Sedimentary evolution during Ordovician in the western Paleozoic High Atlas (Variscan Morocco)

Choukri Chacrone1 and Naïma Hamoumi1

1 UFR "Oceanology– Geodynamic and Valorisation of Sedimentary basins". Department of Earth Sciences, Faculty of Sciences, Mohammed V–Agdal University BP 1014 RP Rabat, Morocco. E–mail: /

Key word: Sedimentary evolution. Sedimentation control. Western High Atlas. Ordovician. Morocco.


The Western paleozoic High Atlas Ordovician deposits were subject to many works, essentially focus on lithostratigraphy (see references in Cornée, 1989; Cornée et al., 1987; Chacrone, 2000). The first detailed sedimentological study carry out in this domain (Chacrone, 2000) was realised in the framework of a large program, which interest with the whole of moroccan Ordovician successions, in the goal to precise the paleogeographic reconstructions, and the sedimentation control. The studied successions in this work (1– Aït Lahsen; 2– Bas Seksaoua; 3– Adrar Amesnir, 4– Adrar Walma; and 5– Adrar Tigeurni) belong to the structural domain of the Western Paleozoic High Atlas. Their lithostratigraphic framework was established by Roch (1930); Schaer (1981); Destombes et al.  (1985); Cornée et al. (1987); and Cornée (1989).

Sedimentary environments

The facies associations of the studied successions reflects sedimentation in various environments: nearshore environments, delta, and siliciclastic shelves.

The littoral environment is recognized in the Ashgill of Aït Lahsen and Adra Walma. In these areas, the sedimentation exhibites typical tidal facies and stuctures as: mud couplets, neap/spring cycles, reactivation surfaces, tidal bundles, tangential and sigmoidal cross–bedding, and mud drap (see references in Terwindt, 1981; Dalrymple, 1992), as well as flaser–bedding, wavy–bedding, and Skolithos ichnofacies.

Deltaic environment is recognize in the Arenig of Aït Lahsen. This succession consist of coarsenning–upward sequences, displaying front delta and prodelta facies. The Front delta facies consists of alternating decimetric coarse to medium sandstone beds, and centimetric mudstone beds (Battacharya and Walker, 1991). The sandstone beds display wave influence (ripple cross laminations with opposed directions, asymmetrical ripple cross lamination, and lower parallel laminations) with the interplay of a fluvial unidirectional current as: asymmetrical ripples, current cross bedding , lingoïde ripples, and flute casts on the base (Allen, 1968). The sand layers exhibit also some storm facies as hummocky cross stratification and polygonal ripples (Harms, 1975; Reineck and Singh, 1980). Synsedimentary deformation structures as convolute laminations and synsedimentary faultings are also present. The prodelta deposits are composed of bioturbed mudstones and siltstones. The paleocurrents measurement indicate transport path from the West of the Aït Lahsen area during the Arenig . This sources of apport provened from emerged land, who correspond to the present–day location of the Argana corridor. The deltaic system was deposited in a greatly subsiding basin. The synsedimentary deformations (convolute laminations and synsedimentary faults) attest the instability of the basin during the lower ordovician in the Western High Atlas (Chacrone, 2000).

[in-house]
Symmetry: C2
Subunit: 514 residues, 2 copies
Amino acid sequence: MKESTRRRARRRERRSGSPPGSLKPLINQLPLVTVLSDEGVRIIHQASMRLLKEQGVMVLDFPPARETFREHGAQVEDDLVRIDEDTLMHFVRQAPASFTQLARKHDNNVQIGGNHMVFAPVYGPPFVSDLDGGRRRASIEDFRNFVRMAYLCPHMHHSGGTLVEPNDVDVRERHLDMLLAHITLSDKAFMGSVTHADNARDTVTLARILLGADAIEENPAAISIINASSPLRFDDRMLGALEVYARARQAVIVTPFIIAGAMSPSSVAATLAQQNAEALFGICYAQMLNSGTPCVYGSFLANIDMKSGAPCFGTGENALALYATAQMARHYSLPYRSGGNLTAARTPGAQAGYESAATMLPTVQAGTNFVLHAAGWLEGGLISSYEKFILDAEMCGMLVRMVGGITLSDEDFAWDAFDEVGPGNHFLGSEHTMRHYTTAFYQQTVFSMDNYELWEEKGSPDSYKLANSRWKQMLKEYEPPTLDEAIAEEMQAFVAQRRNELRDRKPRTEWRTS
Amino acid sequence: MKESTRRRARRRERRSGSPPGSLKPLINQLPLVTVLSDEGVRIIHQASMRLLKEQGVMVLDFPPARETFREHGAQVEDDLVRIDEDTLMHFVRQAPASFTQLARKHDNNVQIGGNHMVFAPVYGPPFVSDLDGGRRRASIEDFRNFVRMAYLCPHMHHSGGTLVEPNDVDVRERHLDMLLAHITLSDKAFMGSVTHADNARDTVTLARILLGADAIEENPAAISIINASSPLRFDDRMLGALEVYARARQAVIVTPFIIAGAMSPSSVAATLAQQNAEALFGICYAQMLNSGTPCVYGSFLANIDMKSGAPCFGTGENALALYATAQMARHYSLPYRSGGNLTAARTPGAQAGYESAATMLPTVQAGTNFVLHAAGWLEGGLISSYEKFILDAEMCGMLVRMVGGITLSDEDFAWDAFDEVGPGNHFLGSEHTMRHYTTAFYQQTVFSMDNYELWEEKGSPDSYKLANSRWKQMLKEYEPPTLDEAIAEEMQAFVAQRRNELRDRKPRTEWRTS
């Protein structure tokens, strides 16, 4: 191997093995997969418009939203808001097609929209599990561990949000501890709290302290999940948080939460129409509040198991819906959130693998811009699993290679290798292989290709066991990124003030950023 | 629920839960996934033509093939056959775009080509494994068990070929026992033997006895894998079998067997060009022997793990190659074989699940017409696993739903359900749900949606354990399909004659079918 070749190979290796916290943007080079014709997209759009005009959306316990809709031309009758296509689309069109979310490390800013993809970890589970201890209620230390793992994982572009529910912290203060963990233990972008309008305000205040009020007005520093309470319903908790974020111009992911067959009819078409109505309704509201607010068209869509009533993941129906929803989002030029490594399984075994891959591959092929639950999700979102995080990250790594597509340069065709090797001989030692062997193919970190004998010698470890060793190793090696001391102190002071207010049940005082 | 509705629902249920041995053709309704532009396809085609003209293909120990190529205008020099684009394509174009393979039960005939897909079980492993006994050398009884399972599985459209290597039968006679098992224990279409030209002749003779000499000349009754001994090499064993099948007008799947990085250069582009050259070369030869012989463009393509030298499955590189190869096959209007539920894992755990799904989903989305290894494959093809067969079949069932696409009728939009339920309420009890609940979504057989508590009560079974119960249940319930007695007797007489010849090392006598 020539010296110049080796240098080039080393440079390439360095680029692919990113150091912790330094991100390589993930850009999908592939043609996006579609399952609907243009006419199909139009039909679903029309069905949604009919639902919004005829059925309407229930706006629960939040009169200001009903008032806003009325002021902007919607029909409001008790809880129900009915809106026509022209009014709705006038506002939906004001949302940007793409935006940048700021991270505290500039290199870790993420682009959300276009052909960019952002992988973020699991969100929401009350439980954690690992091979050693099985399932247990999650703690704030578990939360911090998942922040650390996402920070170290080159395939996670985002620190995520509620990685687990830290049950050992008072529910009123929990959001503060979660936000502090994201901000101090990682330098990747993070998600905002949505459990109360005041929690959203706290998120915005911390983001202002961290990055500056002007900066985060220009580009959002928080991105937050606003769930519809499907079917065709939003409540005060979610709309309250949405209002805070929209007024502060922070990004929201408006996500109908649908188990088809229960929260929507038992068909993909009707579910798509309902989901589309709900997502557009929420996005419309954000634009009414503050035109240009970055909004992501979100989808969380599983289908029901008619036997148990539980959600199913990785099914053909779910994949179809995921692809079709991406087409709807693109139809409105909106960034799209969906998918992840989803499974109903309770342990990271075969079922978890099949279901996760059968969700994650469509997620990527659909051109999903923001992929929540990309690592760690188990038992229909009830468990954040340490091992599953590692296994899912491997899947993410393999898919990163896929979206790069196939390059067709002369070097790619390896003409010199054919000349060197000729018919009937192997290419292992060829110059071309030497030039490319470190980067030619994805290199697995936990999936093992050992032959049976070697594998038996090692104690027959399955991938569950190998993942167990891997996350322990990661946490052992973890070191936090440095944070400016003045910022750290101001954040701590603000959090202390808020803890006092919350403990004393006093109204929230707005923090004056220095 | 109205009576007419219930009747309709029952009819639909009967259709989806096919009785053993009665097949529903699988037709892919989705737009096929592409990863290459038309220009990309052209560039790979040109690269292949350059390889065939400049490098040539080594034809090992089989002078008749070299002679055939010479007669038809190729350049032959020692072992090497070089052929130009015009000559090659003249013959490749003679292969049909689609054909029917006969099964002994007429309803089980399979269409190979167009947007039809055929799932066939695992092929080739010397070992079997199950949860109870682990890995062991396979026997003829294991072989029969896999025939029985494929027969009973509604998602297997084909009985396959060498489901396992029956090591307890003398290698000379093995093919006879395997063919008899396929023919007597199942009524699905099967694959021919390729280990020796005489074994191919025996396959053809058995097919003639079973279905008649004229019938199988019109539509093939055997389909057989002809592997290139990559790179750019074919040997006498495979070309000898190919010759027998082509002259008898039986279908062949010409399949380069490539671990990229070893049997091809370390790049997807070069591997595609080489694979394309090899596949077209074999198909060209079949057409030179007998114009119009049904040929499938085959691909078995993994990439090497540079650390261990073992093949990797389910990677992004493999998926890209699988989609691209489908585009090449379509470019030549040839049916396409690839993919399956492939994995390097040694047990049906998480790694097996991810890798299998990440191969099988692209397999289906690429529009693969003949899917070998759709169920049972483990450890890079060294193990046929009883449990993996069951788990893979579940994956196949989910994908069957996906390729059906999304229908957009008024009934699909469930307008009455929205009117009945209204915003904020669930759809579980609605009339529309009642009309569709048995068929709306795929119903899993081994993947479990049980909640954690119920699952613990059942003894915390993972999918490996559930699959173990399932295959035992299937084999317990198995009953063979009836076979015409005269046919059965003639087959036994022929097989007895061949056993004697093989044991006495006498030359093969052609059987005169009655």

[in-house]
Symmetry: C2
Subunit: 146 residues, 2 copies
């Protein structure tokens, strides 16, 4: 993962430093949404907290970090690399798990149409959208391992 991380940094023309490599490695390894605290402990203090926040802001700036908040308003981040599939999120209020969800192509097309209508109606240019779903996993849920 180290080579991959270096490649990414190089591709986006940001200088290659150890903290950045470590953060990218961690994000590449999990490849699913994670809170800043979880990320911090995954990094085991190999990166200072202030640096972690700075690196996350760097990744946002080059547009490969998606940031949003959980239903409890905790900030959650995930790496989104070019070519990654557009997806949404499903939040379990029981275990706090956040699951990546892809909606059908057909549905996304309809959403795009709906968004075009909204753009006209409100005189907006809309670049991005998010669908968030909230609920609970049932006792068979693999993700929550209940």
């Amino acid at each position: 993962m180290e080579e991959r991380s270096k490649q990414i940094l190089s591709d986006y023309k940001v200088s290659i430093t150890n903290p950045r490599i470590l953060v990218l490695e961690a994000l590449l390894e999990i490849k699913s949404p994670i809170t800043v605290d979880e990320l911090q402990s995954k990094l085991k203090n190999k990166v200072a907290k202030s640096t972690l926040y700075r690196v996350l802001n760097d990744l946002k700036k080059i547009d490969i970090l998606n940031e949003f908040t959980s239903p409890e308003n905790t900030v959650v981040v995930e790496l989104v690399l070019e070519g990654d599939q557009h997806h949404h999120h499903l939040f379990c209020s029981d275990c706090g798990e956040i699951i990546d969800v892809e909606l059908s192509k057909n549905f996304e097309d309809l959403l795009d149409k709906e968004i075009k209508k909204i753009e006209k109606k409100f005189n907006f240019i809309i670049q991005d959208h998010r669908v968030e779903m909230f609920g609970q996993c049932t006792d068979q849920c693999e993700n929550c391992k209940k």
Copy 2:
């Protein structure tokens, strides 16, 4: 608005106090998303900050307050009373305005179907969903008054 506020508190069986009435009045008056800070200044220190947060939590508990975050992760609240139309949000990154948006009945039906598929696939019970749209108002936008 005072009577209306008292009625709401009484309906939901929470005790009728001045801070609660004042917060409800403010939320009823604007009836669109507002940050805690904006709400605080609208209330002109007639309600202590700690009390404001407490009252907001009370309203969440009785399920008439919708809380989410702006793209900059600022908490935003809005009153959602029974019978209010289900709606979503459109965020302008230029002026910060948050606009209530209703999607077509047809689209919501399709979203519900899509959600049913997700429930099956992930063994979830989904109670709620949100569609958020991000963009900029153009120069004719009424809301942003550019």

Figure 1. A. place of the the western paleozoic High Atlas in Morocco. B. Place of the studied areas in the western paleozoic High Atlas. Geological map established by Cornée (1989): 1– Aït Lahsen, 2– Bas Seksaoua, 3– Adrar Amesnir, 4– Adrar Walma, and 5– Adrar Tiguerni. C. Correlations between western paleozoic High Atlas outcrops (see legends in Figure1B). Lithology: 1–silstone; 2– interbedded silstone and sandstone; 3– fine to medium grained sandstone; 4– medium grained sandstone; 5– coarse grained sandstone; 6– conglomerates. Age: A: lower to upper Arenig; A/Lv: upper Arénig to Llanvirn; Lv/L: upper Llanvirn to Llandeilo; L/C: upper Llandeilo to Caradoc; C/As: upper Caradoc to Ashgill.

Shelf environment is recognized in all studied areas, it consist of storm dominated shoreface, transition zone, and offshore. The shoreface successions display amalgamated sandstone with hummocky cross–stratifications (Harms, 1975). The transition zone successions are composed of highly bioturbated argillaceous sandstones (Leckie and Krystink, 1989). The offshore successions are characterized by typical facies as: Storm gradded layers (Reineck and Singh, 1972), mudstone with isolated sandy limestone nodules, lenses or lenticular beds with sometimes a basal shelly lag (Guillocheau, 1983; Hamoumi, 1988).

Sediments and sources

Ordovician sediments of western paleozoic High Atlas successions consist essentially of siliciclastic sediments with minor intercalations of: calcareous sediments and oolitic ironstones.